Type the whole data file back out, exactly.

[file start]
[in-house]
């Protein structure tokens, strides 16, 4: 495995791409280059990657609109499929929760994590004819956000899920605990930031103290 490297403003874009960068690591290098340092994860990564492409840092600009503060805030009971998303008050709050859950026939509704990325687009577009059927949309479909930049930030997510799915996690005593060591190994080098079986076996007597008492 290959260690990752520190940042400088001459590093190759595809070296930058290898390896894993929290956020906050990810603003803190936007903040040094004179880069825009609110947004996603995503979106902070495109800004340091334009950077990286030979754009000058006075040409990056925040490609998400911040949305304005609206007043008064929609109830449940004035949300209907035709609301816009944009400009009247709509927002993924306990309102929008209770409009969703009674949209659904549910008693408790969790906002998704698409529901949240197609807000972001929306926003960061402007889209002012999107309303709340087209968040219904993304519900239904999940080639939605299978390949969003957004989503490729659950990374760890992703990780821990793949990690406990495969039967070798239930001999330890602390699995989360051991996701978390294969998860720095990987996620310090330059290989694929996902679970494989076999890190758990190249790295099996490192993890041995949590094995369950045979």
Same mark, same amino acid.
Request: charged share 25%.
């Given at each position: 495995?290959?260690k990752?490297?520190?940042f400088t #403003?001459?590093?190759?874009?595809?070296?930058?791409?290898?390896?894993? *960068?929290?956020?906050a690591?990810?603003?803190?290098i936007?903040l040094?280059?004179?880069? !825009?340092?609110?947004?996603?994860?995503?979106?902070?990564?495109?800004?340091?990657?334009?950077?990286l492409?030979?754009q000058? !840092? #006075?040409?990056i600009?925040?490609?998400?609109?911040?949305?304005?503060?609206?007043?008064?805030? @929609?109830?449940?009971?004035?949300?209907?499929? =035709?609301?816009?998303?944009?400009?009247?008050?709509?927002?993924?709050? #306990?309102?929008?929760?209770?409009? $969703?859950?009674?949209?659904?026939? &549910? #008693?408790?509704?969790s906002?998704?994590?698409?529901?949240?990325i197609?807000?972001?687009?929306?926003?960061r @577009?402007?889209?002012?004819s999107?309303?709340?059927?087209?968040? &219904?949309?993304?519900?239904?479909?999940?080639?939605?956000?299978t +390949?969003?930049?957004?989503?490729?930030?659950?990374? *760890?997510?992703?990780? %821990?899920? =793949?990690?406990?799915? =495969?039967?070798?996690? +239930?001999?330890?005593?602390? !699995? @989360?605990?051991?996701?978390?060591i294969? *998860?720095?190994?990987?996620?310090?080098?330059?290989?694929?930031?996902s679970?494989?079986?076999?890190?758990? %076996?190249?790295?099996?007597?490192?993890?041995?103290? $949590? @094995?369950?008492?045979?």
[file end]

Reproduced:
[in-house]
């Protein structure tokens, strides 16, 4: 495995791409280059990657609109499929929760994590004819956000899920605990930031103290 490297403003874009960068690591290098340092994860990564492409840092600009503060805030009971998303008050709050859950026939509704990325687009577009059927949309479909930049930030997510799915996690005593060591190994080098079986076996007597008492 290959260690990752520190940042400088001459590093190759595809070296930058290898390896894993929290956020906050990810603003803190936007903040040094004179880069825009609110947004996603995503979106902070495109800004340091334009950077990286030979754009000058006075040409990056925040490609998400911040949305304005609206007043008064929609109830449940004035949300209907035709609301816009944009400009009247709509927002993924306990309102929008209770409009969703009674949209659904549910008693408790969790906002998704698409529901949240197609807000972001929306926003960061402007889209002012999107309303709340087209968040219904993304519900239904999940080639939605299978390949969003957004989503490729659950990374760890992703990780821990793949990690406990495969039967070798239930001999330890602390699995989360051991996701978390294969998860720095990987996620310090330059290989694929996902679970494989076999890190758990190249790295099996490192993890041995949590094995369950045979």
Same mark, same amino acid.
Request: charged share 25%.
């Given at each position: 495995?290959?260690k990752?490297?520190?940042f400088t #403003?001459?590093?190759?874009?595809?070296?930058?791409?290898?390896?894993? *960068?929290?956020?906050a690591?990810?603003?803190?290098i936007?903040l040094?280059?004179?880069? !825009?340092?609110?947004?996603?994860?995503?979106?902070?990564?495109?800004?340091?990657?334009?950077?990286l492409?030979?754009q000058? !840092? #006075?040409?990056i600009?925040?490609?998400?609109?911040?949305?304005?503060?609206?007043?008064?805030? @929609?109830?449940?009971?004035?949300?209907?499929? =035709?609301?816009?998303?944009?400009?009247?008050?709509?927002?993924?709050? #306990?309102?929008?929760?209770?409009? $969703?859950?009674?949209?659904?026939? &549910? #008693?408790?509704?969790s906002?998704?994590?698409?529901?949240?990325i197609?807000?972001?687009?929306?926003?960061r @577009?402007?889209?002012?004819s999107?309303?709340?059927?087209?968040? &219904?949309?993304?519900?239904?479909?999940?080639?939605?956000?299978t +390949?969003?930049?957004?989503?490729?930030?659950?990374? *760890?997510?992703?990780? %821990?899920? =793949?990690?406990?799915? =495969?039967?070798?996690? +239930?001999?330890?005593?602390? !699995? @989360?605990?051991?996701?978390?060591i294969? *998860?720095?190994?990987?996620?310090?080098?330059?290989?694929?930031?996902s679970?494989?079986?076999?890190?758990? %076996?190249?790295?099996?007597?490192?993890?041995?103290? $949590? @094995?369950?008492?045979?």